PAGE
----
Disciplinary penalty imposed, termination, held reasonable under the circumstances
Weinstein v New York State Workers' Compensation Bd., 2016 NY Slip Op 00505, Appellate Division, Second Department
Robert S. Weinstein, a Workers' Compensation Law Judge, was served with a notice of discipline by which the respondent sought to terminate his employment based on three charges of insubordination, two charges of misconduct/incompetence, and three charges of misconduct. The arbitrator found that the Workers’ Compensation Board [Board] had proven seven out of the eight charges and that the penalty of termination was proper.
Weinstein filed an Article 75 petition seeking to vacate the arbitration award. Supreme Court granted the Board's motion to dismiss the petition and, in effect, denied Weinstein’s petition and dismissed the proceeding. Weinstein appealed, contending the penalty imposed, termination, “was unduly harsh and disproportionate.”
The Appellate Division observed that although “the excessiveness of a penalty is not one of the enumerated bases upon which an arbitration award may be vacated,” where an arbitration is compulsory, as is here the case, judicial review under CPLR Article 75 requires that the award be in accord with due process. Citing Russo v NYC Department of Education, 25 NY3d 946, the court rejected the Board’s contention to the contrary and held that “the excessiveness of a penalty is a basis upon which an arbitration award may be vacated.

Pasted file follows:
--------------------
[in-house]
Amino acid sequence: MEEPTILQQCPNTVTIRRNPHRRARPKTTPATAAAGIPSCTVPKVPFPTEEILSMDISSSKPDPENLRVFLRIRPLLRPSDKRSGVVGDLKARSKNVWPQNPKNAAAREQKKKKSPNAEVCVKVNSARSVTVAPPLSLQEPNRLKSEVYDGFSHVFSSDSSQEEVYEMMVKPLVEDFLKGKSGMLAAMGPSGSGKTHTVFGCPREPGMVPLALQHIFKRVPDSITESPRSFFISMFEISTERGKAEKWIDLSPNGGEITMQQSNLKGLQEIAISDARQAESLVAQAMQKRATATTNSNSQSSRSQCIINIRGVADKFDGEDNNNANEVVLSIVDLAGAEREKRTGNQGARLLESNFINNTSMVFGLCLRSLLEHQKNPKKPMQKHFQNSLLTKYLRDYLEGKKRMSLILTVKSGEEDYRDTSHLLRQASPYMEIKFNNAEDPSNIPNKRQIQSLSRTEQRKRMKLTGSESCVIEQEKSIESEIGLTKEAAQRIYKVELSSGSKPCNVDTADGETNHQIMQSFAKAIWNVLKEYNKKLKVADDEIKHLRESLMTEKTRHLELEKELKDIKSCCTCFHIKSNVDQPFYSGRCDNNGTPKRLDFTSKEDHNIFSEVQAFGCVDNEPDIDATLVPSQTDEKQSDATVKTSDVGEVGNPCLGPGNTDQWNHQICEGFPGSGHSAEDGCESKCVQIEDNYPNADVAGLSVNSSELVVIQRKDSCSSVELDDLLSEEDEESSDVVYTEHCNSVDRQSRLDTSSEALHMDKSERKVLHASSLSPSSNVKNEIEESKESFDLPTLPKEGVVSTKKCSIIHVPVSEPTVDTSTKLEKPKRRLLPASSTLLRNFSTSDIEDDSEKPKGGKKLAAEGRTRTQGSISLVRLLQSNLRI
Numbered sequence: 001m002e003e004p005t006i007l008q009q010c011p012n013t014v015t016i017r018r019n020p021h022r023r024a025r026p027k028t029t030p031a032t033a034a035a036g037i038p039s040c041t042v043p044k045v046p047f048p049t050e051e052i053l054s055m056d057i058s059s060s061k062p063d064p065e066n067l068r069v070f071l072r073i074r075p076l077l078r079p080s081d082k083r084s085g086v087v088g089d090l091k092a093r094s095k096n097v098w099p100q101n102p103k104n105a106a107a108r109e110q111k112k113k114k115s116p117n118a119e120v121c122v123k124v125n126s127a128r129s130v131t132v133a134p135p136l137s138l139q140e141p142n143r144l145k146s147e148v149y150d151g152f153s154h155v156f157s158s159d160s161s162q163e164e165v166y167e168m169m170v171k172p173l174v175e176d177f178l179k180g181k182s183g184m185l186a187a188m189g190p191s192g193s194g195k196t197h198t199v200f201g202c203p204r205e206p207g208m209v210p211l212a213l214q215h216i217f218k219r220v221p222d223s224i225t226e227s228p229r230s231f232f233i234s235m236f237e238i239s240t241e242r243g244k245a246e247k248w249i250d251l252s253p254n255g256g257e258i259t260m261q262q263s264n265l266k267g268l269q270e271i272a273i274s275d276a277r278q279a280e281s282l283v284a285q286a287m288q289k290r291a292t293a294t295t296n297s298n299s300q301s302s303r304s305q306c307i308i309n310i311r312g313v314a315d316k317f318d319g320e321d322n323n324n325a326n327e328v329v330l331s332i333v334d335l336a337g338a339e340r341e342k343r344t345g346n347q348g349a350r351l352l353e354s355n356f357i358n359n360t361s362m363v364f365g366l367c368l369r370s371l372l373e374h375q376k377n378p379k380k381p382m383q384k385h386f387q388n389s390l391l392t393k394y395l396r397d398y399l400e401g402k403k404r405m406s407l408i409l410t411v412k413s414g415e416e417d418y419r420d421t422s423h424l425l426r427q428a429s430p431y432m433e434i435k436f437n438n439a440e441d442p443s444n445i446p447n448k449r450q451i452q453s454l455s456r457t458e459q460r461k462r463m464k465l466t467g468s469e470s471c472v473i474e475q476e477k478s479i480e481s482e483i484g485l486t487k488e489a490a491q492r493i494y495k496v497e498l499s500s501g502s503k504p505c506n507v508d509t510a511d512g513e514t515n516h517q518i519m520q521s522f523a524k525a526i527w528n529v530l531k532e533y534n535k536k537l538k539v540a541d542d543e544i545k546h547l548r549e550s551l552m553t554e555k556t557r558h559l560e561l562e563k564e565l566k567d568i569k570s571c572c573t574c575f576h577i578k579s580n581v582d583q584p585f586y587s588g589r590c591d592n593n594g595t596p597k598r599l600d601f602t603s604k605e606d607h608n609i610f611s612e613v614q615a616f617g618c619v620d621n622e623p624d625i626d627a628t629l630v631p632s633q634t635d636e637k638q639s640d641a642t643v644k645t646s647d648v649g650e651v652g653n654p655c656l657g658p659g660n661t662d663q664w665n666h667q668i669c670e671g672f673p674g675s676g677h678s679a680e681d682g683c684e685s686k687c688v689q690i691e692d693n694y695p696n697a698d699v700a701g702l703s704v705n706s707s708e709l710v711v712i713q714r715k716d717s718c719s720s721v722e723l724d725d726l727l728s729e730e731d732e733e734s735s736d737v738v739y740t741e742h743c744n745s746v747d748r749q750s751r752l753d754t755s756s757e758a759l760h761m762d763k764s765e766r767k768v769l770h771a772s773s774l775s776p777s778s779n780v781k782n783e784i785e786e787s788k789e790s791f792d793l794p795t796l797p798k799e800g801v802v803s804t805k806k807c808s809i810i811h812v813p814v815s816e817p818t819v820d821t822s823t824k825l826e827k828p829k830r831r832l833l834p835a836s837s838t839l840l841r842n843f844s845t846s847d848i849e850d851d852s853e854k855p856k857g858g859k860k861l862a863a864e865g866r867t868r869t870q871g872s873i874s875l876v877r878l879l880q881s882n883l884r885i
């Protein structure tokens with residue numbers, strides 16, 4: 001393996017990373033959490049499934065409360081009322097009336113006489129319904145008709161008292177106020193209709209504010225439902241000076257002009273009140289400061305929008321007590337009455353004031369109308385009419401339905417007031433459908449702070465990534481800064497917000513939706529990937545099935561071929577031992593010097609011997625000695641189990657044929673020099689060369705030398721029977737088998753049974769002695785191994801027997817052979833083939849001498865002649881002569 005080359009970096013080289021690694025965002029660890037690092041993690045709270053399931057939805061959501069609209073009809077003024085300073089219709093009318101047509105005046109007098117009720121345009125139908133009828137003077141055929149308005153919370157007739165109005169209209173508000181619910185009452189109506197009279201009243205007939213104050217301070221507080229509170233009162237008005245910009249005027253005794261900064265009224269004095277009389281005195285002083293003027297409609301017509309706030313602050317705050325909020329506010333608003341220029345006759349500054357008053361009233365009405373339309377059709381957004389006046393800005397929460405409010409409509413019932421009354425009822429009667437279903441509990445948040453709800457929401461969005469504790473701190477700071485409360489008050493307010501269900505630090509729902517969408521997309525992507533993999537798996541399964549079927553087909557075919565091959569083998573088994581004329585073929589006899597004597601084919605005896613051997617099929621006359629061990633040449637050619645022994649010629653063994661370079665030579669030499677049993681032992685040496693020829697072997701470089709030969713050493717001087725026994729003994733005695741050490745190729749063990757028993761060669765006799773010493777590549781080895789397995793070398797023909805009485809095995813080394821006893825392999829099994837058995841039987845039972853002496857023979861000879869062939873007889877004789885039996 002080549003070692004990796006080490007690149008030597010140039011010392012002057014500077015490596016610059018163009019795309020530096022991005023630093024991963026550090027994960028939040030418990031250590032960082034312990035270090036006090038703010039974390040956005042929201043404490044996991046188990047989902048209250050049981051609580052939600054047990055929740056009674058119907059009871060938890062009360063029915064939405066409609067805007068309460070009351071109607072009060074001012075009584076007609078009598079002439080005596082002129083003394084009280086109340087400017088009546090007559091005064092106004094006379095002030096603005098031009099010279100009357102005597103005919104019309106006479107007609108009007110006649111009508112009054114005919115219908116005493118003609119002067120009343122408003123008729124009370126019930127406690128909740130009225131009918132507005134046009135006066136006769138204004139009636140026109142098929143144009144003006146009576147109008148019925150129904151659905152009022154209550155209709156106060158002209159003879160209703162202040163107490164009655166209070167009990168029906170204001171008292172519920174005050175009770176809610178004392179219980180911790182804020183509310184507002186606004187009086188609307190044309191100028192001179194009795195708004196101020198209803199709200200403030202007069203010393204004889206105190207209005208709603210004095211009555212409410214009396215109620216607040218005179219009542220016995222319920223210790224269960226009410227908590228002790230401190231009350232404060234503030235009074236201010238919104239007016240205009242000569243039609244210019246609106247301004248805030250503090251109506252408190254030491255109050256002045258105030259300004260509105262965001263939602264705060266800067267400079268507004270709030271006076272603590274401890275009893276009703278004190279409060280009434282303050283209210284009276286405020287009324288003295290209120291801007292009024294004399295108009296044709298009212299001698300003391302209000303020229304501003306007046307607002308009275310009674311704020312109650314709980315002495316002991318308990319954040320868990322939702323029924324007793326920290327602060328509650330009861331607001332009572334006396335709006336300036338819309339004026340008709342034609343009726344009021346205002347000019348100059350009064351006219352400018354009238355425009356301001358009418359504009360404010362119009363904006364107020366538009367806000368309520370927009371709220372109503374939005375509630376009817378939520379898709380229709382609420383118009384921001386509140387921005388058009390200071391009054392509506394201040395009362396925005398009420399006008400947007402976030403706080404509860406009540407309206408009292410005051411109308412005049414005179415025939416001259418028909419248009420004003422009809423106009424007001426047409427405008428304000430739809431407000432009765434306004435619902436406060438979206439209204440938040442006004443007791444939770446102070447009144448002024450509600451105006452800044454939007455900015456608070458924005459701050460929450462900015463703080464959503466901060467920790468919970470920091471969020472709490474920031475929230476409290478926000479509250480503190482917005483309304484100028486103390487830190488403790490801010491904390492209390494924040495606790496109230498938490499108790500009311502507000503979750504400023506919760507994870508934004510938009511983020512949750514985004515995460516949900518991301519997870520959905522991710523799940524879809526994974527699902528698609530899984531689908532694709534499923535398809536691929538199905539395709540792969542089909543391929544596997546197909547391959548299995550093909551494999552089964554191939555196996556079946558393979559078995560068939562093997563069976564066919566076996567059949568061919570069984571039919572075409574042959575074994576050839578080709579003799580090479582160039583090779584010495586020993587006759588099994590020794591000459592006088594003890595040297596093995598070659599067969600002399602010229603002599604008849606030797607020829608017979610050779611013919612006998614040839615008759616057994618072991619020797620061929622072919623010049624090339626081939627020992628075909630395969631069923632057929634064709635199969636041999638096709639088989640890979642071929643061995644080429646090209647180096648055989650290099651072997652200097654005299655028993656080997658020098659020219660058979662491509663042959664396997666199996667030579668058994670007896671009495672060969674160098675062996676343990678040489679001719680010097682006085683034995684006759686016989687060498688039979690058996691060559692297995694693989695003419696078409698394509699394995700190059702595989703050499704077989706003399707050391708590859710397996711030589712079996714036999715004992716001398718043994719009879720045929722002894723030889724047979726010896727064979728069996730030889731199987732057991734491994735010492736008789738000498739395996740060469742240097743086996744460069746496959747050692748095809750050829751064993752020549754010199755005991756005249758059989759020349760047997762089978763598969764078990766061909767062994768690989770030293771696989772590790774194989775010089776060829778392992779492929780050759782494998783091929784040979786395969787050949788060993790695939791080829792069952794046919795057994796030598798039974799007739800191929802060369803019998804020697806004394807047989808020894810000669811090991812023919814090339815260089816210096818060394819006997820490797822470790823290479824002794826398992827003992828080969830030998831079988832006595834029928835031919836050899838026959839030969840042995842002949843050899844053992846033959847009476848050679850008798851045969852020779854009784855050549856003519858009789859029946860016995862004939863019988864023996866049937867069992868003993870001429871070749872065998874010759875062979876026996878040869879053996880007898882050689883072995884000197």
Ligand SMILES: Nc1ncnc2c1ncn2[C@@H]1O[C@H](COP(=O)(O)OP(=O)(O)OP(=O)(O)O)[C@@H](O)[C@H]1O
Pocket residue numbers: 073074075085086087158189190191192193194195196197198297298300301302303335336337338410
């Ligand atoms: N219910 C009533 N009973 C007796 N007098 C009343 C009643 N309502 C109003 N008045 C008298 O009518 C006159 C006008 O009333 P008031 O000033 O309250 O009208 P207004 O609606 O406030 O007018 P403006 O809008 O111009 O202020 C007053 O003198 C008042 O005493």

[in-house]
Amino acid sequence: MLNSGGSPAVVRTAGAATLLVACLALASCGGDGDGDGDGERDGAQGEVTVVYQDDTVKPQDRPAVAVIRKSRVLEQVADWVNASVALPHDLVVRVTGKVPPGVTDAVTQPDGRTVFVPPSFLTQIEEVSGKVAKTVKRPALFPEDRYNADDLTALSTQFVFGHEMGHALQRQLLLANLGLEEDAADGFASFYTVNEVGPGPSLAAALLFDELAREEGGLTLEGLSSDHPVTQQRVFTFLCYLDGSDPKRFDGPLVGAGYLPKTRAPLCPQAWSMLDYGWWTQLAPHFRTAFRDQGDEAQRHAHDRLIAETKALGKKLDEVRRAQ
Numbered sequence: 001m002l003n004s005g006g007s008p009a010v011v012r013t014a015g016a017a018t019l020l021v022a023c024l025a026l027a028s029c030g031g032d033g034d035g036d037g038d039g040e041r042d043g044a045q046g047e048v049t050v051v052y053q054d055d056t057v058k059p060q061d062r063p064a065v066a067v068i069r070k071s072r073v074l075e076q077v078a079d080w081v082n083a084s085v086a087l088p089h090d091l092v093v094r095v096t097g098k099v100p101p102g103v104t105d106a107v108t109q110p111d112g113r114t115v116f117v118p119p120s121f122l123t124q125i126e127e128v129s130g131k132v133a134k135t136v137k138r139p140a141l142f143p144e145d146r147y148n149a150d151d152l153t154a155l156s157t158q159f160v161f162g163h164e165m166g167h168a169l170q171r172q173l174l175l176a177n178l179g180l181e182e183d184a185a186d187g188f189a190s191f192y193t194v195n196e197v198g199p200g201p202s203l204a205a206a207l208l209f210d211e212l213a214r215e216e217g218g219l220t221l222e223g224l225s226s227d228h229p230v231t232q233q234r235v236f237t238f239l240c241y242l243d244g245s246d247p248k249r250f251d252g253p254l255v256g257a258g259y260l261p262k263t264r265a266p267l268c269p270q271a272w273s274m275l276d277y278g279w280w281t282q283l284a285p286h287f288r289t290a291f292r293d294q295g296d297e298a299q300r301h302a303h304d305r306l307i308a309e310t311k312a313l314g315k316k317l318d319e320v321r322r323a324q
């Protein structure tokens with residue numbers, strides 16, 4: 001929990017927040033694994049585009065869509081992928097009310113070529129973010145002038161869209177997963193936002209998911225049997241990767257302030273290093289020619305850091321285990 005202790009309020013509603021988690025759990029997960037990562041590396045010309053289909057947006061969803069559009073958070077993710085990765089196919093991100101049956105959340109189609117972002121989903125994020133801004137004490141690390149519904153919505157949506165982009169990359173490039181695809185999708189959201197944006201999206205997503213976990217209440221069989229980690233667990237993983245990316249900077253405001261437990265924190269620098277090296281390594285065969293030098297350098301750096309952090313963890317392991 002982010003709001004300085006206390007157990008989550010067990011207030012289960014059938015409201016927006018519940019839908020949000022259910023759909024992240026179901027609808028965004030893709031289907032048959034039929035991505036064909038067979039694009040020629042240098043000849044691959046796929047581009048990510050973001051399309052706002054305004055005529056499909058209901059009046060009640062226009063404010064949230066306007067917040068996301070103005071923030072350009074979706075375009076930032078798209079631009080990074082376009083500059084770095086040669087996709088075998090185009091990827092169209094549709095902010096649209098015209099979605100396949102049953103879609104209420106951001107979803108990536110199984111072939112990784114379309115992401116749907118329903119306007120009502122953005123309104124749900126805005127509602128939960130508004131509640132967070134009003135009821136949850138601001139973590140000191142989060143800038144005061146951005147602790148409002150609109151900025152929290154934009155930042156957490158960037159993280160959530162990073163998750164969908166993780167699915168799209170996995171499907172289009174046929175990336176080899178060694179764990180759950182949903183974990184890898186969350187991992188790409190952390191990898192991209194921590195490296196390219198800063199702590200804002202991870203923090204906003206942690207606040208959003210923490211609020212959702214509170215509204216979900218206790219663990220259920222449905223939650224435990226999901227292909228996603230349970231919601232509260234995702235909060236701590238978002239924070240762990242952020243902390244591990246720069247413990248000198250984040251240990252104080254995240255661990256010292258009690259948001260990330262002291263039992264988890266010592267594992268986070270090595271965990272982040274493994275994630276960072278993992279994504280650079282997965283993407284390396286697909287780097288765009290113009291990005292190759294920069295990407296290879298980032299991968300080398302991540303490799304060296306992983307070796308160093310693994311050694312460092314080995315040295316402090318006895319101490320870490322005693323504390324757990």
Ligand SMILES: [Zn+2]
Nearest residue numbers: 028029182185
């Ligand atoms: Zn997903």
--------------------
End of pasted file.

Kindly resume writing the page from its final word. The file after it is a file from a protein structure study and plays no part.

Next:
The court ruled that in this instance “the penalty of termination was not so disproportionate to the offenses as to be shocking to one's sense of fairness, citing the so-called Pell Doctrine, Pell v Board of Educ. of Union Free School Dist. No. 1 of Towns of Scarsdale & Mamaroneck, Westchester County, 34 NY2d 222, explaining that the arbitrator rationally determined, based on the evidence presented, that Weinstein was insubordinate and failed to complete his assignments in a timely manner, despite several remedial measures undertaken by his employer, and dismissed his appeal.
The decision is posed on the Internet at:
A Reasonable Penalty Under The Circumstances - a 618-page volume focusing on New York Statecourt and administrative decisions addressing an appropriate disciplinary penalty to be imposed on an employee in the public service found guilty of misconduct or incompetence. For more information click on http://booklocker.com/7401.html